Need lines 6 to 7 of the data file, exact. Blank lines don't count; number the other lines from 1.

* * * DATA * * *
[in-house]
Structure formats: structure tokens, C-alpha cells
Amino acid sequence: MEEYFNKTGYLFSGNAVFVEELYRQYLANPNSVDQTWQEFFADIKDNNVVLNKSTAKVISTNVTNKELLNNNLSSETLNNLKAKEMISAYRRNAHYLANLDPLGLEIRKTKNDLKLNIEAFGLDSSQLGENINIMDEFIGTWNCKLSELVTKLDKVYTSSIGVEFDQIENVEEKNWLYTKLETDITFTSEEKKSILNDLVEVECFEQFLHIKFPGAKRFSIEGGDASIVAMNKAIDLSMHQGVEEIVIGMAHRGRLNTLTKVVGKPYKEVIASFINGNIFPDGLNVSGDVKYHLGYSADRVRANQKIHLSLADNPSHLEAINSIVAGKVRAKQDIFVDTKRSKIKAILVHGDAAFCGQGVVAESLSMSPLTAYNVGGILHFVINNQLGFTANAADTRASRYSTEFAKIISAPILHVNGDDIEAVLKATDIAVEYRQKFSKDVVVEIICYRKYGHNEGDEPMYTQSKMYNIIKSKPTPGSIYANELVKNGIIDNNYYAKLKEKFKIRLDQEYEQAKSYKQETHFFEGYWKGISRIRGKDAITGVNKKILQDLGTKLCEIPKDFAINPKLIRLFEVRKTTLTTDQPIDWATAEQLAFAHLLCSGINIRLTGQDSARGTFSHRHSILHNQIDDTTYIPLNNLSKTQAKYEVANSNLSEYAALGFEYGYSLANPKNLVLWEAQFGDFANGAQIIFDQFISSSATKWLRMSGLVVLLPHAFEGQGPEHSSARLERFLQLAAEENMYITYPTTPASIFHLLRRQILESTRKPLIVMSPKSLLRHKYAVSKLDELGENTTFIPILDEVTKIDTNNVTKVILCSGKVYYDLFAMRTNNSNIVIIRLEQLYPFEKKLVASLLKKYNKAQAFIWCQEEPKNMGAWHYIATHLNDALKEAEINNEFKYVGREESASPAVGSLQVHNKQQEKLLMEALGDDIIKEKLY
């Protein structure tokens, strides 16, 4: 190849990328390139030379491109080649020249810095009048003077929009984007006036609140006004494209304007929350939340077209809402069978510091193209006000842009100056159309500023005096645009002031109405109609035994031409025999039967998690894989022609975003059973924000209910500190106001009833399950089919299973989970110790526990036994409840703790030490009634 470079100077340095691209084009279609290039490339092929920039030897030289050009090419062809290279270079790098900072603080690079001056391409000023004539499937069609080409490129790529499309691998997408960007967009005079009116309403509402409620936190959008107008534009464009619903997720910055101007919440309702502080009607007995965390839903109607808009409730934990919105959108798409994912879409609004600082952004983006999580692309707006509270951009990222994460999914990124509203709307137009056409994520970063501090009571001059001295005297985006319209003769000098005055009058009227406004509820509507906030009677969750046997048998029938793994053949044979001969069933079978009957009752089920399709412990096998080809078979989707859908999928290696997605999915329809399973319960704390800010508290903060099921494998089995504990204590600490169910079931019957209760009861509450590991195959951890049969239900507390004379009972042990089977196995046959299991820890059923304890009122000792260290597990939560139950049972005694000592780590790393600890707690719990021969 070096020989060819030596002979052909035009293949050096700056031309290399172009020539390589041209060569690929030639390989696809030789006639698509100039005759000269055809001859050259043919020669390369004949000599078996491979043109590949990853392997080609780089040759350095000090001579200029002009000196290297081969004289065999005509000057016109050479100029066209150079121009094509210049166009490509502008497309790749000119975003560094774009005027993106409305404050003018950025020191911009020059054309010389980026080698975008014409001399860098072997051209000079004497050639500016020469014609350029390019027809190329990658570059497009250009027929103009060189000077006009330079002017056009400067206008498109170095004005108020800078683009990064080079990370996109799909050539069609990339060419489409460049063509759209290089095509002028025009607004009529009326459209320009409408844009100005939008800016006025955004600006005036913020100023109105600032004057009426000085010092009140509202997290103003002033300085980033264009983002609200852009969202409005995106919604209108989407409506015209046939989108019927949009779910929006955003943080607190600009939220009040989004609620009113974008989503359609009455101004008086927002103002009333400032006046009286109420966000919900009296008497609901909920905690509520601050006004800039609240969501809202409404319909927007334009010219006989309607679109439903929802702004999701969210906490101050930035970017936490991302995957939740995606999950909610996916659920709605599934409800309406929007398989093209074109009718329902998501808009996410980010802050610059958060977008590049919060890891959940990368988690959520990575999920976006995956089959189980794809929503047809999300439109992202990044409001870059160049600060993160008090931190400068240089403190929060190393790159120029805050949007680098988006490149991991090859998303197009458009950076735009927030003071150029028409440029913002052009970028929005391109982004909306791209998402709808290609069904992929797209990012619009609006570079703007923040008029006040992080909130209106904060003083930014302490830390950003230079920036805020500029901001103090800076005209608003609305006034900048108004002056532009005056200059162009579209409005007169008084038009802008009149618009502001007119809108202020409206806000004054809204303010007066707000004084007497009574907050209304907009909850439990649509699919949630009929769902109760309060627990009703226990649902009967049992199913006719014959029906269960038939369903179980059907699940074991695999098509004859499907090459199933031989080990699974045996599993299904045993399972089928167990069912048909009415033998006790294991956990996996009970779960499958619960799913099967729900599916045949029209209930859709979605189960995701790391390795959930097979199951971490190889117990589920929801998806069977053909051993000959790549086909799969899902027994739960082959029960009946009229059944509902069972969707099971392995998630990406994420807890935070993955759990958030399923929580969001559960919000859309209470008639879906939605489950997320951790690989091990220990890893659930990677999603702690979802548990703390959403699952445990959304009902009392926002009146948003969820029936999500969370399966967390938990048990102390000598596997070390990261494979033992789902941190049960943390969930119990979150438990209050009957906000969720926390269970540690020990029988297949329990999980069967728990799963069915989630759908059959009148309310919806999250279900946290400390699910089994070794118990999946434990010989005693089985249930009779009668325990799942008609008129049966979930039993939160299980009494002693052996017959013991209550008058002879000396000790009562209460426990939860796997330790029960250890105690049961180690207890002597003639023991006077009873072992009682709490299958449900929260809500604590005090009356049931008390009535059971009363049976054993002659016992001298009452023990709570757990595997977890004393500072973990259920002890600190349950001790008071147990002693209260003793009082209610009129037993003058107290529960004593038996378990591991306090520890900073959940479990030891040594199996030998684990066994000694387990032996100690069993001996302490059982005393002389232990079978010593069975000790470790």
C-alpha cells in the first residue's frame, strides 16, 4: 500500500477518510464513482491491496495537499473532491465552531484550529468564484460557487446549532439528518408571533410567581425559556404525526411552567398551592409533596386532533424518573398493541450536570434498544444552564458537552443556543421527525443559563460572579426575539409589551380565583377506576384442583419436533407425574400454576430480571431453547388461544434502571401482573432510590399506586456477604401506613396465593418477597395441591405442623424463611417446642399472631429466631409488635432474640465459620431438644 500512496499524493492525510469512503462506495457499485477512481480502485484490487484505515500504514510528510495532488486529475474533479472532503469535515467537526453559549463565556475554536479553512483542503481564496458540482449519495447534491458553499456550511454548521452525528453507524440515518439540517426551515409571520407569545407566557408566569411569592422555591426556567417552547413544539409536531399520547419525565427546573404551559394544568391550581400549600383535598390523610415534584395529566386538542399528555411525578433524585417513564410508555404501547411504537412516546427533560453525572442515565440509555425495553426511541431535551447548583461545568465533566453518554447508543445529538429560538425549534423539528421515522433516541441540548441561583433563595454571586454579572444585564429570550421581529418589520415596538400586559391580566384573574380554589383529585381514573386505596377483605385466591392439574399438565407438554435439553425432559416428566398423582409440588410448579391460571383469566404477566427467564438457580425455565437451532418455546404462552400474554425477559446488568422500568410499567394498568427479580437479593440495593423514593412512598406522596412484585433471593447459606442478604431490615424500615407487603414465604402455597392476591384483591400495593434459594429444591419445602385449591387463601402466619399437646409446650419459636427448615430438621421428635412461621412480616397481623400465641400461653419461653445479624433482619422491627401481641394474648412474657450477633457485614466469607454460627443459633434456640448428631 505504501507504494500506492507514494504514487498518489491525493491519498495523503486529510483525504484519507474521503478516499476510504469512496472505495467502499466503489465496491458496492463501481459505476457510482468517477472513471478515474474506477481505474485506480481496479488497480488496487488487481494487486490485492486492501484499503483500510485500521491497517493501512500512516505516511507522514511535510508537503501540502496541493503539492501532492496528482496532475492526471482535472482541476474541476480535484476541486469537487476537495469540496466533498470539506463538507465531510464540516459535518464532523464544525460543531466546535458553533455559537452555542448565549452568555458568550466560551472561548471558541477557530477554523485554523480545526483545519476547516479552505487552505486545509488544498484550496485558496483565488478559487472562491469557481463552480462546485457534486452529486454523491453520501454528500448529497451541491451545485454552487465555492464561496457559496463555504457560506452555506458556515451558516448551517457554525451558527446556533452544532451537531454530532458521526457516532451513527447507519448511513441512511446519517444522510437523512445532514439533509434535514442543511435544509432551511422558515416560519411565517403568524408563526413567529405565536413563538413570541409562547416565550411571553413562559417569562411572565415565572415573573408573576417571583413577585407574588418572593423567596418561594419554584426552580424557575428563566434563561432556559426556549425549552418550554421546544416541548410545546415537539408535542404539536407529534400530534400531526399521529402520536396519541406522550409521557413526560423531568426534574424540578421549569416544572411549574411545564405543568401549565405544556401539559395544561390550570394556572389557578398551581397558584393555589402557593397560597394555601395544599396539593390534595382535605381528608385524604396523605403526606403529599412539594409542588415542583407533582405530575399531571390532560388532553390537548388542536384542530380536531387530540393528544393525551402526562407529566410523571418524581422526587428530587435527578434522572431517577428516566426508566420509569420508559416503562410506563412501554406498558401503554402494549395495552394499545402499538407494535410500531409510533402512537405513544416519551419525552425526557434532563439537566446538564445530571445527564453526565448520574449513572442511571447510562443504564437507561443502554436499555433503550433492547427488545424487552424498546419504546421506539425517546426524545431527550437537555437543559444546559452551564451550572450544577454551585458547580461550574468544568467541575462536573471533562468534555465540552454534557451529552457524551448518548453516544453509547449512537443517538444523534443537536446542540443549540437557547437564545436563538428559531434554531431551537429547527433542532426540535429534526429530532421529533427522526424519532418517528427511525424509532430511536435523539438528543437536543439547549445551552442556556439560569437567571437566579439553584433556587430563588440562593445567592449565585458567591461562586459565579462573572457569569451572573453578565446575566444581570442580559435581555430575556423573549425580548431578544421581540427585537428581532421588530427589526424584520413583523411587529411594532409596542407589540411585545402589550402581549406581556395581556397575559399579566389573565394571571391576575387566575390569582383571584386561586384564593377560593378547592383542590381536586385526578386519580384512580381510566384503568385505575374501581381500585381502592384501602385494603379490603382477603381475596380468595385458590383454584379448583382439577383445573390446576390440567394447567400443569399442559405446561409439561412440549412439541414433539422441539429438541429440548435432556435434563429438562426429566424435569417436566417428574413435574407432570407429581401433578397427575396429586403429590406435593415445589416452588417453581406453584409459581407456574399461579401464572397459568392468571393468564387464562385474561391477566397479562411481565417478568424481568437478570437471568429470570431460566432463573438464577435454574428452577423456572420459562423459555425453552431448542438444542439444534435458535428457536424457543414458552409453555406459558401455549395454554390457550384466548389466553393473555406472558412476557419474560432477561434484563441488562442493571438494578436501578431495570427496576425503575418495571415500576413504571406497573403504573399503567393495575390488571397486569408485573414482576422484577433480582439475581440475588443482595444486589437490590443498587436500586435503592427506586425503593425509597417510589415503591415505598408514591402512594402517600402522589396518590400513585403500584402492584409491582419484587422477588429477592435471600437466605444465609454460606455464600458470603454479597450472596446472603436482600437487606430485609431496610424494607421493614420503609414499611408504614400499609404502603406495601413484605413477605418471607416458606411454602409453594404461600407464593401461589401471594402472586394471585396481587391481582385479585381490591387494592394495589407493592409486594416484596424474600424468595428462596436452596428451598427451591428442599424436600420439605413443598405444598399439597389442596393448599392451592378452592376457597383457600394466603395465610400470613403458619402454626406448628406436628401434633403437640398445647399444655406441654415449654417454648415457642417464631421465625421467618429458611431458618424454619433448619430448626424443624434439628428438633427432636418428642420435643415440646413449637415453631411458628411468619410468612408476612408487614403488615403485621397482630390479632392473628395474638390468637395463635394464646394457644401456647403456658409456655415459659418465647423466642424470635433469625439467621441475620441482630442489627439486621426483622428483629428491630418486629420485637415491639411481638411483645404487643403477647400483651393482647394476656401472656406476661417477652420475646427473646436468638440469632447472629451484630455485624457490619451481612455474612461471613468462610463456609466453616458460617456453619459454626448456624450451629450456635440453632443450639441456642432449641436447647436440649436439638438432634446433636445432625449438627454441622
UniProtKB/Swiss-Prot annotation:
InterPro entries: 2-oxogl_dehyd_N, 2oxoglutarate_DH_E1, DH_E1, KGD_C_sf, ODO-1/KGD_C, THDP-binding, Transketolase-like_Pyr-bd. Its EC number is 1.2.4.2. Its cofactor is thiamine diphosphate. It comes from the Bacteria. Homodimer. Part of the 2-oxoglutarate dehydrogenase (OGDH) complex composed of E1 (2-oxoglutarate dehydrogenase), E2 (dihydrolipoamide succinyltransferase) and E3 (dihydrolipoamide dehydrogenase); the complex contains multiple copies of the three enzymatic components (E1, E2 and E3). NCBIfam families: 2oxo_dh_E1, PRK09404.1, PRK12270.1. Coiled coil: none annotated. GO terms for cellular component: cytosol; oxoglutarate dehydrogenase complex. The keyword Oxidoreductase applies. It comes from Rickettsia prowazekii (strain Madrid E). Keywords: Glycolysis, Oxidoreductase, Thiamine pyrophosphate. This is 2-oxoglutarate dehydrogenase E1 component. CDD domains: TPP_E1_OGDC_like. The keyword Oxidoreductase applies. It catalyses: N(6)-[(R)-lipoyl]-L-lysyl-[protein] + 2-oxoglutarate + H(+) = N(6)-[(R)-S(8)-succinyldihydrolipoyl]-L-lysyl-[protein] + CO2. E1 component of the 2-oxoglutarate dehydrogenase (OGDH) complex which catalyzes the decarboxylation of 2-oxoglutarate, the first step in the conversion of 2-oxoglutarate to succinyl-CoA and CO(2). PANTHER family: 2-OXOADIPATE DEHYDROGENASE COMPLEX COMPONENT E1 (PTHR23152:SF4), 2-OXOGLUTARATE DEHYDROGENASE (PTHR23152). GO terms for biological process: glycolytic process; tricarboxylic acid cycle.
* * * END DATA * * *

UniProtKB/Swiss-Prot annotation:
InterPro entries: 2-oxogl_dehyd_N, 2oxoglutarate_DH_E1, DH_E1, KGD_C_sf, ODO-1/KGD_C, THDP-binding, Transketolase-like_Pyr-bd. Its EC number is 1.2.4.2. Its cofactor is thiamine diphosphate. It comes from the Bacteria. Homodimer. Part of the 2-oxoglutarate dehydrogenase (OGDH) complex composed of E1 (2-oxoglutarate dehydrogenase), E2 (dihydrolipoamide succinyltransferase) and E3 (dihydrolipoamide dehydrogenase); the complex contains multiple copies of the three enzymatic components (E1, E2 and E3). NCBIfam families: 2oxo_dh_E1, PRK09404.1, PRK12270.1. Coiled coil: none annotated. GO terms for cellular component: cytosol; oxoglutarate dehydrogenase complex. The keyword Oxidoreductase applies. It comes from Rickettsia prowazekii (strain Madrid E). Keywords: Glycolysis, Oxidoreductase, Thiamine pyrophosphate. This is 2-oxoglutarate dehydrogenase E1 component. CDD domains: TPP_E1_OGDC_like. The keyword Oxidoreductase applies. It catalyses: N(6)-[(R)-lipoyl]-L-lysyl-[protein] + 2-oxoglutarate + H(+) = N(6)-[(R)-S(8)-succinyldihydrolipoyl]-L-lysyl-[protein] + CO2. E1 component of the 2-oxoglutarate dehydrogenase (OGDH) complex which catalyzes the decarboxylation of 2-oxoglutarate, the first step in the conversion of 2-oxoglutarate to succinyl-CoA and CO(2). PANTHER family: 2-OXOADIPATE DEHYDROGENASE COMPLEX COMPONENT E1 (PTHR23152:SF4), 2-OXOGLUTARATE DEHYDROGENASE (PTHR23152). GO terms for biological process: glycolytic process; tricarboxylic acid cycle.